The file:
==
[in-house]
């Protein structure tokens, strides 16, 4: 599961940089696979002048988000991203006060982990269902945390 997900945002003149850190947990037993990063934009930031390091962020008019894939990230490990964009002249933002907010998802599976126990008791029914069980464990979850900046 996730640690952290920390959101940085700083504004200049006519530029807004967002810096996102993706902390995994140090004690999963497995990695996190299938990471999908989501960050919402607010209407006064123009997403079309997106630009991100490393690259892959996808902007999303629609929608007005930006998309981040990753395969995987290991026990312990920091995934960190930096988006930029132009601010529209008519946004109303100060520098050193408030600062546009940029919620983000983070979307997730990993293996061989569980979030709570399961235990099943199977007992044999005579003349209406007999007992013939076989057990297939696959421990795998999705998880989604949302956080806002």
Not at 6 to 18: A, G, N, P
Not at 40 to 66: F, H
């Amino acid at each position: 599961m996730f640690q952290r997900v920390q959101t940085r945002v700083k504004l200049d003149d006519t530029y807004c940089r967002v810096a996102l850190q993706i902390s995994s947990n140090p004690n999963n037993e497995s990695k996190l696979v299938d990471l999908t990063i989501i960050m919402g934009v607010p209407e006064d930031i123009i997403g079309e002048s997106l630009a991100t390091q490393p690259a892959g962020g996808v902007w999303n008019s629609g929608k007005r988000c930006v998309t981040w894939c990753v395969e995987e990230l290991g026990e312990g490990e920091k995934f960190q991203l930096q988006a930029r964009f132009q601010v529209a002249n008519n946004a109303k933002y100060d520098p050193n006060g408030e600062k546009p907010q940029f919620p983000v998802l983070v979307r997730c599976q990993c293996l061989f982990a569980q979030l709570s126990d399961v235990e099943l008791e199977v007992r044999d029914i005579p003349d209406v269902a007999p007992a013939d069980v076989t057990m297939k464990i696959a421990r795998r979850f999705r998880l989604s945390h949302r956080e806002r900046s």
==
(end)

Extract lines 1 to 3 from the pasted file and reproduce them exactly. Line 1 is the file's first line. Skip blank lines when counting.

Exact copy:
[in-house]
């Protein structure tokens, strides 16, 4: 599961940089696979002048988000991203006060982990269902945390 997900945002003149850190947990037993990063934009930031390091962020008019894939990230490990964009002249933002907010998802599976126990008791029914069980464990979850900046 996730640690952290920390959101940085700083504004200049006519530029807004967002810096996102993706902390995994140090004690999963497995990695996190299938990471999908989501960050919402607010209407006064123009997403079309997106630009991100490393690259892959996808902007999303629609929608007005930006998309981040990753395969995987290991026990312990920091995934960190930096988006930029132009601010529209008519946004109303100060520098050193408030600062546009940029919620983000983070979307997730990993293996061989569980979030709570399961235990099943199977007992044999005579003349209406007999007992013939076989057990297939696959421990795998999705998880989604949302956080806002």
Not at 6 to 18: A, G, N, P